Recognition From Regulatory Agencies

Data from the Professional Regulation Commission show that UPLB is a top performing school in all the board exams it participates in,[18] namely Agriculture, Agricultural Engineering, Chemical Engineering, Chemistry, Civil Engineering, Education, Electrical Engineering, Forestry, Nutrition and Veterinary Medicine.

CHED has also designated the university as Zonal Research Center for Regions 4 (Calabarzon and Mimaropa) and 5 (Bicol).[19]

Research and Development


Housed in the various research units in the campus are analytical laboratories, specialized laboratories for tissue culture, plant and animal biotechnology, nurseries, and greenhouses for plant breeding and plant collection.[3]

UPLB has two electron microscopes-a Hitachi Model H-300 transmission electron microscope and a Hitachi Model S-510 scanning electron microscope.[20] It also has a meteorological station, agricultural machinery development and testing center, geographical information system and remote sensing laboratory, broadcasting facilities for AM and FM, pets and animal clinics, experimental animal farms, and other complementary facilities.[3]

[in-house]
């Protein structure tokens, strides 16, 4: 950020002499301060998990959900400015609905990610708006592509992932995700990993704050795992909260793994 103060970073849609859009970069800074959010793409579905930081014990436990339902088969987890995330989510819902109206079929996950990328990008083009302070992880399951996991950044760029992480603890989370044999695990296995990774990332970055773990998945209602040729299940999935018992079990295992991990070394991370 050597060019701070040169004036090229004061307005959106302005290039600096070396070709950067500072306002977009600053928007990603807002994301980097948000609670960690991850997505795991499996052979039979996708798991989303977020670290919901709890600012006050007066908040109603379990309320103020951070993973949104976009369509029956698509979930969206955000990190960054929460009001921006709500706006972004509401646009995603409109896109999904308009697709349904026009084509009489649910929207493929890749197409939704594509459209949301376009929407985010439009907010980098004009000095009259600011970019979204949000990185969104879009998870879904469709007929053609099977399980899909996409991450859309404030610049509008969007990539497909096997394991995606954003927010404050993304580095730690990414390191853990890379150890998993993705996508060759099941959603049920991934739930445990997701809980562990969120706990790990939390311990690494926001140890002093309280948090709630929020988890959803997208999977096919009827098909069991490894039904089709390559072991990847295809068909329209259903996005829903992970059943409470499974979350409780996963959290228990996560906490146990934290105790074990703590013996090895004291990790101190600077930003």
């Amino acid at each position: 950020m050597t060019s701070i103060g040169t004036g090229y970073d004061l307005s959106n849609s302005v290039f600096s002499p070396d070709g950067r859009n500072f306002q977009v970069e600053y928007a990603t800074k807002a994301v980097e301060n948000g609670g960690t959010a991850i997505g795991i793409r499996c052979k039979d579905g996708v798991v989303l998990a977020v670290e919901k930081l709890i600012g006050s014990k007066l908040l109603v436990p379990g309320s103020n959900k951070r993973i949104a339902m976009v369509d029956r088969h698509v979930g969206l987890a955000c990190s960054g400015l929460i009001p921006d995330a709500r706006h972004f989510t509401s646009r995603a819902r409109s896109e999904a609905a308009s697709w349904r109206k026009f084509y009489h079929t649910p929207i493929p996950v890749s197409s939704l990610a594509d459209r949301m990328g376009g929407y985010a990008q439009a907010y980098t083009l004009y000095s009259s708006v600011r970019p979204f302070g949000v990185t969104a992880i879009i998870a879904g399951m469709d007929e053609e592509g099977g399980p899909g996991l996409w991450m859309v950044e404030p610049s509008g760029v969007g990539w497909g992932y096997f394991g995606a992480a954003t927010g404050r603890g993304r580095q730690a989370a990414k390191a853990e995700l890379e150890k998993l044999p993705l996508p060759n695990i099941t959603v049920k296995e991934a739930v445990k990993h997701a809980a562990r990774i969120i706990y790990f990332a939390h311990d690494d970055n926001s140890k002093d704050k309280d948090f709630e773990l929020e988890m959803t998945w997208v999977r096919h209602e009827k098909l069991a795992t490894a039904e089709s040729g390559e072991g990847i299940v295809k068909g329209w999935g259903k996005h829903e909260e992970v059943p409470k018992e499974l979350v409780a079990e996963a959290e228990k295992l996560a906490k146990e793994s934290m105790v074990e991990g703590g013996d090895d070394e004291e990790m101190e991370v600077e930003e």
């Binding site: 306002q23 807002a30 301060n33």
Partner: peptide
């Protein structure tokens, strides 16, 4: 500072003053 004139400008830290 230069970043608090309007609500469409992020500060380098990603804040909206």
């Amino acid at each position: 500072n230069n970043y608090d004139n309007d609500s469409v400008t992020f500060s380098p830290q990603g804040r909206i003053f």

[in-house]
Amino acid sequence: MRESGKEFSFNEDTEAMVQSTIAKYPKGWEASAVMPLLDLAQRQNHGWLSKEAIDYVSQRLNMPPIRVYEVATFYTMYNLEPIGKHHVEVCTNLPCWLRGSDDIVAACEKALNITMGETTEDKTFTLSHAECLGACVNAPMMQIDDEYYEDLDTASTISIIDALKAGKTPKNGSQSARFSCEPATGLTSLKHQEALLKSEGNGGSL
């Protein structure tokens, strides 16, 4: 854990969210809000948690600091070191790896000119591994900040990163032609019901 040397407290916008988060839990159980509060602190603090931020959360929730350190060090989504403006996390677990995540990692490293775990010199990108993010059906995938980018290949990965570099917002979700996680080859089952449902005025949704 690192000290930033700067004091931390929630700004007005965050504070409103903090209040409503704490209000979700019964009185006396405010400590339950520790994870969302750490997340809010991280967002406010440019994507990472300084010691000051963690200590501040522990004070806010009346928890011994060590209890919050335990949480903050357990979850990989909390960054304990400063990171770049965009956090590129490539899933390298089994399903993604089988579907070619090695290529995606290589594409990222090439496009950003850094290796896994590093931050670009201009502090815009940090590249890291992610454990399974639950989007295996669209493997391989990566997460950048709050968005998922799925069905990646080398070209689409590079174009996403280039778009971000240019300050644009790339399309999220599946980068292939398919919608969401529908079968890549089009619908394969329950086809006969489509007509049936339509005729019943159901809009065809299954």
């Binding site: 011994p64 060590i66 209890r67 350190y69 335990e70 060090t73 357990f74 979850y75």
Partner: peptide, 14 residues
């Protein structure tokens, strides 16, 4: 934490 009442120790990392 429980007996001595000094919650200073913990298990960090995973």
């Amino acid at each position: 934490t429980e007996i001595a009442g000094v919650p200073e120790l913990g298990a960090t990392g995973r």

A laboratory at the headquarters of the National Institute of Molecular Biology and Biotechnology

The university hosts at least five international research and extension centers - the International Rice Research Institute, World Agroforestry Centre, APEC Center for Technology Exchange and Training for Small and Medium Enterprises, Southeast Asian Regional Center for Graduate Study and Research in Agriculture (SEAMEO-SEARCA), and the Association of Southeast Asian Nations Center for Biodiversity. Government institutions such as bureaus of the Department of Science and Technology and the Department of Agriculture are likewise headquartered at UPLB. Local research institutes like the Philippine Rice Research Institute and the Philippine Carabao Center also have offices at the university.

UPLB has research partnerships and student/faculty exchange programs with the Asian Development Bank,[21] Cornell University,[22] Yale University,[23] Purdue University[23] and Michigan State University,[24] among others.

UPLB also receives funding support for its research initiatives from foreign organizations. These include the International Crops Research Center for the Semi-Arid Tropics, U.N. International Atomic Energy Agency, International Foundation for Science and Asia-Pacific Network for Global Change Research.[25]